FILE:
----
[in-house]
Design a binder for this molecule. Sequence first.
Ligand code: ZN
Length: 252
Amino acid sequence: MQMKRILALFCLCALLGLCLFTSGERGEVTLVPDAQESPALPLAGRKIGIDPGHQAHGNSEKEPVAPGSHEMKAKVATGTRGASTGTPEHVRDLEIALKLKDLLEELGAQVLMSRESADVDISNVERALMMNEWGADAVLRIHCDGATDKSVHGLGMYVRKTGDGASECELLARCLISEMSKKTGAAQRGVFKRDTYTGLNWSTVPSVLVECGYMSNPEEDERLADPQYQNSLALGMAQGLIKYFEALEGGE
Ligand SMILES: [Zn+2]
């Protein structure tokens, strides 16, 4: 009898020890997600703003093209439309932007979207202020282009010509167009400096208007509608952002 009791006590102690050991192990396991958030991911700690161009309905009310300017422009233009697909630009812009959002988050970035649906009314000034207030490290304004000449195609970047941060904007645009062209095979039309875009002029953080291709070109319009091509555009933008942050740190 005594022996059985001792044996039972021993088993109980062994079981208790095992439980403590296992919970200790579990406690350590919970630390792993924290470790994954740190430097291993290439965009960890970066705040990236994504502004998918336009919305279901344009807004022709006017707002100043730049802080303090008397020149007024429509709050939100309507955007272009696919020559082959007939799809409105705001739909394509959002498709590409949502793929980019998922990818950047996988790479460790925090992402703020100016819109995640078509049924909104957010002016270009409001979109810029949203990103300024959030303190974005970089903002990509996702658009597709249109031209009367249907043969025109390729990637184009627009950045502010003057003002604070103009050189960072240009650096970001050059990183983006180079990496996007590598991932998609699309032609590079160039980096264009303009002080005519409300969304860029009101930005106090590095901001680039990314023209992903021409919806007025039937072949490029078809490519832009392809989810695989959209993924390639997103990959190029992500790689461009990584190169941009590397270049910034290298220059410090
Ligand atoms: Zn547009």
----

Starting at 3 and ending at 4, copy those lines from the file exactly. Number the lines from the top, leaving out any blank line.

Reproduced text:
Ligand code: ZN
Length: 252